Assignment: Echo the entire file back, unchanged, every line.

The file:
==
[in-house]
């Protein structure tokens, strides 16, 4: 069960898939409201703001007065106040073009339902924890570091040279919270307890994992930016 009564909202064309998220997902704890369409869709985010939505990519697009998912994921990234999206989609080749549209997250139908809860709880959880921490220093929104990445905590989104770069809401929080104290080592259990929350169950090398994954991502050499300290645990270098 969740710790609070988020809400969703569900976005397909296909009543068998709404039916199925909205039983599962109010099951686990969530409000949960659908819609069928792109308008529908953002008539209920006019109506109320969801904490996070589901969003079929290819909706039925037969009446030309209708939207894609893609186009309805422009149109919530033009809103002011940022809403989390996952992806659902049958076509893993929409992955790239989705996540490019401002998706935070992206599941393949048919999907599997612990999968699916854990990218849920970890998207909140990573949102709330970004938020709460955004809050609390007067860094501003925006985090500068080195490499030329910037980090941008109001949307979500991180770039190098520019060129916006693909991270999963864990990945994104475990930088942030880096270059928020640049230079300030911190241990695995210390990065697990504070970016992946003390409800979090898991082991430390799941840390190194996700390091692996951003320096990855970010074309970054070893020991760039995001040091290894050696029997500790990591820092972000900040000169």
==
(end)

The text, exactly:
[in-house]
């Protein structure tokens, strides 16, 4: 069960898939409201703001007065106040073009339902924890570091040279919270307890994992930016 009564909202064309998220997902704890369409869709985010939505990519697009998912994921990234999206989609080749549209997250139908809860709880959880921490220093929104990445905590989104770069809401929080104290080592259990929350169950090398994954991502050499300290645990270098 969740710790609070988020809400969703569900976005397909296909009543068998709404039916199925909205039983599962109010099951686990969530409000949960659908819609069928792109308008529908953002008539209920006019109506109320969801904490996070589901969003079929290819909706039925037969009446030309209708939207894609893609186009309805422009149109919530033009809103002011940022809403989390996952992806659902049958076509893993929409992955790239989705996540490019401002998706935070992206599941393949048919999907599997612990999968699916854990990218849920970890998207909140990573949102709330970004938020709460955004809050609390007067860094501003925006985090500068080195490499030329910037980090941008109001949307979500991180770039190098520019060129916006693909991270999963864990990945994104475990930088942030880096270059928020640049230079300030911190241990695995210390990065697990504070970016992946003390409800979090898991082991430390799941840390190194996700390091692996951003320096990855970010074309970054070893020991760039995001040091290894050696029997500790990591820092972000900040000169």